"A deft and uniquely credible exploration of rural America, and of other left-behind pockets of our country. One of the most important books I've read on the state of our disunion."--Tara Westover, author of Educated The Pulitzer Prize-winning authors of the acclaimed, best-selling Half the Sky now issue a plea--deeply personal and told through the lives of real Americans--to address the crisis in working-class America, while focusing on solutions to mend a half century of governmental failure. With stark poignancy and political dispassion, Tightrope draws us deep into an "other America." The authors tell this story, in part, through the lives of some of the children with whom Kristof grew up, in rural Yamhill, Oregon, an area that prospered for much of the twentieth century but has been devastated in the last few decades as blue-collar jobs disappeared. About one-quarter of the children on Kristof's old school bus died in adulthood from drugs, alcohol, suicide, or reckless accidents. And while these particular stories unfolded in one corner of the country, they are representative of many places the authors write about, ranging from the Dakotas and Oklahoma to New York and Virginia. But here too are stories about resurgence, among them: Annette Dove, who has devoted her life to helping the teenagers of Pine Bluff, Arkansas, as they navigate the chaotic reality of growing up poor; Daniel McDowell, of Baltimore, whose tale of opioid addiction and recovery suggests that there are viable ways to solve our nation's drug epidemic. These accounts, illustrated with searing images by Lynsey Addario, the award-winning photographer, provide a picture of working-class families needlessly but profoundly damaged as a result of decades of policy mistakes. With their superb, nuanced reportage, Kristof and WuDunn have given us a book that is both riveting and impossible to ignore.
White Trash by Nancy Isenberg
Publication Date: 2016-06-21
In White Trash, Nancy Isenberg upends assumptions about America's supposedly class-free society and shows how poor whites have been deeply ingrained in the country's history for the past 400 years. They were central to the both the Civil War itself and the rise of the Republican Party, and still today feature in reality TV as entertainment. White trash have always been an integral part of the American identity, and here their history in both culture and politics in explored in depth. A fascinating work that's timely to today's public debate about rich and poor.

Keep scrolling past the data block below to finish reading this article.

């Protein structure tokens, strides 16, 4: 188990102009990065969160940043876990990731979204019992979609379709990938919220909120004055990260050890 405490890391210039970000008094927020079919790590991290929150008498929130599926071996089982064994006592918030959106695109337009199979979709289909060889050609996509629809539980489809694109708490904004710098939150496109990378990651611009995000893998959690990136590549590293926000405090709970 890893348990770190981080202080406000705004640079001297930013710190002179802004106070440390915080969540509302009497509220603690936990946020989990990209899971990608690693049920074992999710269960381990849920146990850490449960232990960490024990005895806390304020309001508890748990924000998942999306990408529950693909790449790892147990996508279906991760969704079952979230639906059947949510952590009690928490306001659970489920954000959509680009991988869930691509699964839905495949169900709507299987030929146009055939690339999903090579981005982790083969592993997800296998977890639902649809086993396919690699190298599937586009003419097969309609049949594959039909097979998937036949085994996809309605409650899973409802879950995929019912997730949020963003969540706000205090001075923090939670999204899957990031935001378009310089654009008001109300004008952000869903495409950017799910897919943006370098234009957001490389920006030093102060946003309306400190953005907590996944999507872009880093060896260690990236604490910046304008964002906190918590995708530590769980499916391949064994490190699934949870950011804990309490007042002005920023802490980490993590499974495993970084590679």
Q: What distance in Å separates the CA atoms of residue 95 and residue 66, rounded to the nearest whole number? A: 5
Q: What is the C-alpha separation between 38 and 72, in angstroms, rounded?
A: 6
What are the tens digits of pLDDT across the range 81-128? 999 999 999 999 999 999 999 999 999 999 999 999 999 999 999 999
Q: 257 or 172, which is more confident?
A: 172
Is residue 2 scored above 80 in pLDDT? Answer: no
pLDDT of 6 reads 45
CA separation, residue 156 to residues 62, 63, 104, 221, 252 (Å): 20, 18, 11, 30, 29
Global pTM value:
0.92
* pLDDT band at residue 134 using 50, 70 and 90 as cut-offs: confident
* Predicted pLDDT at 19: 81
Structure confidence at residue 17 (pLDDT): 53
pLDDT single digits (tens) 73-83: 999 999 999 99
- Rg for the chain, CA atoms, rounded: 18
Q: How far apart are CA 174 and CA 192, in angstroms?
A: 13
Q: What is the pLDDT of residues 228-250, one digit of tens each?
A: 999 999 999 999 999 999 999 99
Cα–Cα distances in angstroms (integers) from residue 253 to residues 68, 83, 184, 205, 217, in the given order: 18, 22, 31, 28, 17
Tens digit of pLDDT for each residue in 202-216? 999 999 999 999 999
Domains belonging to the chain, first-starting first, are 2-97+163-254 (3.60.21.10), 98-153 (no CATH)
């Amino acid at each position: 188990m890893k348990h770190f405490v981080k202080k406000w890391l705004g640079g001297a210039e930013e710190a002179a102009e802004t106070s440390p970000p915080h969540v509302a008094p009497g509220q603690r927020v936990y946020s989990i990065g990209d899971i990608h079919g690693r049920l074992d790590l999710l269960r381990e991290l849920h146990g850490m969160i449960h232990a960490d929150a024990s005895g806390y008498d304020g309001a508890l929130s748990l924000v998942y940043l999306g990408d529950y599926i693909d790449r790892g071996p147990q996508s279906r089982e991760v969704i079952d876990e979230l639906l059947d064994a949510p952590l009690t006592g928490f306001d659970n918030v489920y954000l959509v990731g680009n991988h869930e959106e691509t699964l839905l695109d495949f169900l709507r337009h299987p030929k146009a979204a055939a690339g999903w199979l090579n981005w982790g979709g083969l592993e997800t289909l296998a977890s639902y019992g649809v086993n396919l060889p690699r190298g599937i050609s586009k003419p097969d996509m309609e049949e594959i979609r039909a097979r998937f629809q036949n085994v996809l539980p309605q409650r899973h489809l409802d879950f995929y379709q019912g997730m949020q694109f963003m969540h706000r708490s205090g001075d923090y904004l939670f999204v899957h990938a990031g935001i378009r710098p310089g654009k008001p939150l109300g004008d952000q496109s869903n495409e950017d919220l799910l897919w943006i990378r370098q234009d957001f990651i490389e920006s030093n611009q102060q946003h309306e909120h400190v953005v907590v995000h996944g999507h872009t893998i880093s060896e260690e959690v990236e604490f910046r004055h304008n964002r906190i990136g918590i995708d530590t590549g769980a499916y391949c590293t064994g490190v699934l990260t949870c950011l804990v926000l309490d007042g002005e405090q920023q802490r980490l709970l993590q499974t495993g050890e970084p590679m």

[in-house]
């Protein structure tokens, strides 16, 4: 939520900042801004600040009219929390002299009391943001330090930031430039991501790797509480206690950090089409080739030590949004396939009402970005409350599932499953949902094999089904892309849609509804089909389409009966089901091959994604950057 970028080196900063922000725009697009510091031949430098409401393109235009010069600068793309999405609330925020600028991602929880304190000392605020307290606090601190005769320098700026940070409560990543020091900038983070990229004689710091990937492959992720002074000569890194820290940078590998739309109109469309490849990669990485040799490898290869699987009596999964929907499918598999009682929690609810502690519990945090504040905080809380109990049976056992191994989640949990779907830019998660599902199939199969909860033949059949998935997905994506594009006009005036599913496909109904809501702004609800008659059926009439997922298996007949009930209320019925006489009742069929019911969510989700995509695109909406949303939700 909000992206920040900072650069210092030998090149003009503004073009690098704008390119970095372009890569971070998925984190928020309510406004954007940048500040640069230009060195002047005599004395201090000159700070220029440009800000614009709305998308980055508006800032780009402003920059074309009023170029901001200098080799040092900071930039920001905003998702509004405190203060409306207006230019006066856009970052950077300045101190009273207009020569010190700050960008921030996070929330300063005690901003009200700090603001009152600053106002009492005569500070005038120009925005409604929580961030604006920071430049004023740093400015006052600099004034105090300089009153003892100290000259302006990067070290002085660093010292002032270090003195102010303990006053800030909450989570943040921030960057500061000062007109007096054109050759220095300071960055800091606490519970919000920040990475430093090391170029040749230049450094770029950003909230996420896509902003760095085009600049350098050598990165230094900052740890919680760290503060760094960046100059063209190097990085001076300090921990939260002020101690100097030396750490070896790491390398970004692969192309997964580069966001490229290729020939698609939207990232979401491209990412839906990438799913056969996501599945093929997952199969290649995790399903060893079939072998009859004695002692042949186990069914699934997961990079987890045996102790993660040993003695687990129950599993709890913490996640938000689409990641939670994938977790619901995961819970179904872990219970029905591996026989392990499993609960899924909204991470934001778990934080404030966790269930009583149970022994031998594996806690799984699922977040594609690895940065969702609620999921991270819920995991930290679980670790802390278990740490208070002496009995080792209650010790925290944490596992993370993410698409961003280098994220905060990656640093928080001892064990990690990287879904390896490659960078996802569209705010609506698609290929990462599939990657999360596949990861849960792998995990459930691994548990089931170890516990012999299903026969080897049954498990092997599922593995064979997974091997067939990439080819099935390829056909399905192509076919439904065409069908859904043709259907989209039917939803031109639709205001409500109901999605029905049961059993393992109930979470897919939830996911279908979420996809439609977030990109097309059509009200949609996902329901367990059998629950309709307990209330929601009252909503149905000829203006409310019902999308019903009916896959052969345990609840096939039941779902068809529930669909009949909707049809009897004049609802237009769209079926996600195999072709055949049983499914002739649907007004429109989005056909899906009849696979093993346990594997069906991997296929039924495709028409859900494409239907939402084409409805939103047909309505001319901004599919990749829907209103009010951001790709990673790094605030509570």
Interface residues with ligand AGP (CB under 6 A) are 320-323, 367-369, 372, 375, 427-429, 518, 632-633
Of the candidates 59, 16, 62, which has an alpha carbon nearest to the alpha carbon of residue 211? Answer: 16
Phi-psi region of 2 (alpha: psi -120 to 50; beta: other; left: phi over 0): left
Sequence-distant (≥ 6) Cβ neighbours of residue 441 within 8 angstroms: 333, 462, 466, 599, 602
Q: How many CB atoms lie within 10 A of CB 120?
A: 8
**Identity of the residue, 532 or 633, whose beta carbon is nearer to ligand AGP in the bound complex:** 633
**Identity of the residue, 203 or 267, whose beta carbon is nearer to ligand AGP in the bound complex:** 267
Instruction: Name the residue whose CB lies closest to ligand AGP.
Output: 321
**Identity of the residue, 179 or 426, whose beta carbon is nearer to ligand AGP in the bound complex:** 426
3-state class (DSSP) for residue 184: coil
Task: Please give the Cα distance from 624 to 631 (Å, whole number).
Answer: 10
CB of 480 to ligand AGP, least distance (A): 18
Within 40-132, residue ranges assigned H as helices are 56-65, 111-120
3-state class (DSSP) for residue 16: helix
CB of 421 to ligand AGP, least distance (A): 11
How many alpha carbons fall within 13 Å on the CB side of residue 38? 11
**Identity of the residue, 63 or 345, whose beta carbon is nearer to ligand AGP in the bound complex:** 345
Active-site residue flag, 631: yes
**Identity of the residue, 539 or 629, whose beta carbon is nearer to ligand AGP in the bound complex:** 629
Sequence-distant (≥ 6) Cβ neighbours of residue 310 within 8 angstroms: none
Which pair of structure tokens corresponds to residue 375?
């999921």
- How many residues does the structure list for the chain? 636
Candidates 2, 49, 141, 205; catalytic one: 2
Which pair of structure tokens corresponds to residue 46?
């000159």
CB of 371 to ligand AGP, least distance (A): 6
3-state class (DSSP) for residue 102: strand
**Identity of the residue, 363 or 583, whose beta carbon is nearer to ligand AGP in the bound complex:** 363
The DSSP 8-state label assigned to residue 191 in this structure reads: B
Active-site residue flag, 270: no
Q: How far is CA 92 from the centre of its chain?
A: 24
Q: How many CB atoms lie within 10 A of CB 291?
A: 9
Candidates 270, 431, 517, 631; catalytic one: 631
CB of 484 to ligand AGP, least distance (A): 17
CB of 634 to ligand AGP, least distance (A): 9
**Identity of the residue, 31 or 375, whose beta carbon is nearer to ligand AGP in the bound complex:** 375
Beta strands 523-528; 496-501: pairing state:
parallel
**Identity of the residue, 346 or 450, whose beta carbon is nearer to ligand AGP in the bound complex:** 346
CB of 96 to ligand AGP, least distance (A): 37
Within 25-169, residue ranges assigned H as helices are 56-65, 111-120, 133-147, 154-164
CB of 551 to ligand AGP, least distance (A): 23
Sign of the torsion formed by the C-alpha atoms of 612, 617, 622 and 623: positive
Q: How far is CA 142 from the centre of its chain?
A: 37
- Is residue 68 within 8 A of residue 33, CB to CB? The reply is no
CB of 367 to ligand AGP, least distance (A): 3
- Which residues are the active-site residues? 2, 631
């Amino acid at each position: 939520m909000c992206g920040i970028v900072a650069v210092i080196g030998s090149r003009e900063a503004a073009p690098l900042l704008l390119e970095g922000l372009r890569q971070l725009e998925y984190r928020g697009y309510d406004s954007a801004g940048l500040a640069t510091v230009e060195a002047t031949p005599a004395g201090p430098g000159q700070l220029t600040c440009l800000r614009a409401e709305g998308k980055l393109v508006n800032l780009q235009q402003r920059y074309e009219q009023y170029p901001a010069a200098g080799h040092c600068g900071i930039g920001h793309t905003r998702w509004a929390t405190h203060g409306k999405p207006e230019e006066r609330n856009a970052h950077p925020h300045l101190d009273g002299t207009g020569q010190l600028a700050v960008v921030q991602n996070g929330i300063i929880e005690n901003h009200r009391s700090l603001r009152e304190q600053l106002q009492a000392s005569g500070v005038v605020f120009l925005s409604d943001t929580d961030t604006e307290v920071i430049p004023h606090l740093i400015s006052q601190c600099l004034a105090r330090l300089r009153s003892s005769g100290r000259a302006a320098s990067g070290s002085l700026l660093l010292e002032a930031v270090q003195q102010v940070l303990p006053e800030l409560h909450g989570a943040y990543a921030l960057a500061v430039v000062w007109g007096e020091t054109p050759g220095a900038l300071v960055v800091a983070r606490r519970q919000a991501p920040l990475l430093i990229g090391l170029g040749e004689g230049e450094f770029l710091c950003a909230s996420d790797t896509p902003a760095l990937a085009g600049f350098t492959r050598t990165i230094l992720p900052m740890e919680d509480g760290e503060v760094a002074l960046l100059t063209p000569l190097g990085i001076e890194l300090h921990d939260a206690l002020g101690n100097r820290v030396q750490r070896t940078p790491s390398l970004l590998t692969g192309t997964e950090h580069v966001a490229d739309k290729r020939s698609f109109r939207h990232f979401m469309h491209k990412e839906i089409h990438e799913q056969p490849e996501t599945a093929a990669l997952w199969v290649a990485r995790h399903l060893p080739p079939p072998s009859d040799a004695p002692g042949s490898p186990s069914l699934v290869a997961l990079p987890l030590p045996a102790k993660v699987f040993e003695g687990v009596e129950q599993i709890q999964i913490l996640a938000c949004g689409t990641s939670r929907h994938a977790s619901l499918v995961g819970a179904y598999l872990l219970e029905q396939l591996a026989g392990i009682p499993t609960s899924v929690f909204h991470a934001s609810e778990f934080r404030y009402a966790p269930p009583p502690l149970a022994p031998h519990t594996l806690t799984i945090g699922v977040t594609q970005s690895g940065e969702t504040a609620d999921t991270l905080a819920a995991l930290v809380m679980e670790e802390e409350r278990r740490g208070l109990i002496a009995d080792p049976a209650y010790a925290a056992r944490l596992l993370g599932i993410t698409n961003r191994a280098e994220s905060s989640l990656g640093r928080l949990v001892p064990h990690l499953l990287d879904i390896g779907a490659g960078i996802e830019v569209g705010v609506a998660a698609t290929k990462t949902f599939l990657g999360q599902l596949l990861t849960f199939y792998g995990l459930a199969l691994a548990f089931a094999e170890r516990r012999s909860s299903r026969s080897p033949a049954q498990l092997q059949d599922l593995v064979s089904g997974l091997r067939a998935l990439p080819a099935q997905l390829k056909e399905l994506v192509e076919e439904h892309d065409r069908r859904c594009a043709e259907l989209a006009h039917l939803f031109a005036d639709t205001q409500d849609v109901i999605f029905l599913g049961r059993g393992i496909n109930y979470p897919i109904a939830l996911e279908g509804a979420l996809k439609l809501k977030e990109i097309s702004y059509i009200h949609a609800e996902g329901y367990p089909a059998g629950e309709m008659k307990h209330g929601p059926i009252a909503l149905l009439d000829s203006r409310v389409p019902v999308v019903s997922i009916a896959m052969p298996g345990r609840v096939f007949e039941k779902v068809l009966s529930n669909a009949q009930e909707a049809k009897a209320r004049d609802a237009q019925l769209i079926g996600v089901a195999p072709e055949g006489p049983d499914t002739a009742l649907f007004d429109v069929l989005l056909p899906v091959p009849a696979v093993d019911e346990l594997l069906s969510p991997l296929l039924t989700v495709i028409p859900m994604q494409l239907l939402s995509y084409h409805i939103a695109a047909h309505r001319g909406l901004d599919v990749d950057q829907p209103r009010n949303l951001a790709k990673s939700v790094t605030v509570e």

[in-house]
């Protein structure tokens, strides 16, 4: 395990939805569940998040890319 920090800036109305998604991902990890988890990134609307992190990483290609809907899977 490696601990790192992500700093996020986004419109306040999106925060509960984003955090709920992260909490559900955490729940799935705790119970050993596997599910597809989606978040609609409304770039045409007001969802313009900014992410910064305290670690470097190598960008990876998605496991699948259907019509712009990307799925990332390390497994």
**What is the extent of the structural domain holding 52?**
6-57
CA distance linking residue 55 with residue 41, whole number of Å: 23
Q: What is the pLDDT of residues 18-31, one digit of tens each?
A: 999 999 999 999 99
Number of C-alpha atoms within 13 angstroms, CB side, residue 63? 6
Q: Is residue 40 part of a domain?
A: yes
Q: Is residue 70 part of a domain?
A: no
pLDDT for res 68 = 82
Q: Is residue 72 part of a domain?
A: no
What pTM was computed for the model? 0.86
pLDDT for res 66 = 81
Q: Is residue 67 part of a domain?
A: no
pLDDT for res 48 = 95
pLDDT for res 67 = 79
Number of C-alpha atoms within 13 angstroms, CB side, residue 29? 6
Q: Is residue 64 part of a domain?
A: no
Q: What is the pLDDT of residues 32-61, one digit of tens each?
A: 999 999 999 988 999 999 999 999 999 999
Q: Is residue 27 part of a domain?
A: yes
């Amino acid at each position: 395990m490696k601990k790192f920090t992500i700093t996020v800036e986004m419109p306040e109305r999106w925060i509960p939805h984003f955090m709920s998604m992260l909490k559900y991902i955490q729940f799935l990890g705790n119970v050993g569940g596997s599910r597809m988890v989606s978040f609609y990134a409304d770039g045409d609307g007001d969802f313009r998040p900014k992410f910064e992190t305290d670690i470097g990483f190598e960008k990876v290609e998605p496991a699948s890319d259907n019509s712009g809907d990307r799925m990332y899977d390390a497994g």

With hundreds of thousands of copies sold, a Ron Howard movie in the works, and the rise of its author as a media personality, J. D. Vance's Hillbilly Elegy: A Memoir of a Family and Culture in Crisis has defined Appalachia for much of the nation. What about Hillbilly Elegy accounts for this explosion of interest during this period of political turmoil? Why have its ideas raised so much controversy? And how can debates about the book catalyze new, more inclusive political agendas for the region's future? Appalachian Reckoning is a retort, at turns rigorous, critical, angry, and hopeful, to the long shadow Hillbilly Elegy has cast over the region and its imagining. But it also moves beyond Hillbilly Elegy to allow Appalachians from varied backgrounds to tell their own diverse and complex stories through an imaginative blend of scholarship, prose, poetry, and photography. The essays and creative work collected in Appalachian Reckoning provide a deeply personal portrait of a place that is at once culturally rich and economically distressed, unique and typically American. Complicating simplistic visions that associate the region almost exclusively with death and decay, Appalachian Reckoning makes clear Appalachia's intellectual vitality, spiritual richness, and progressive possibilities.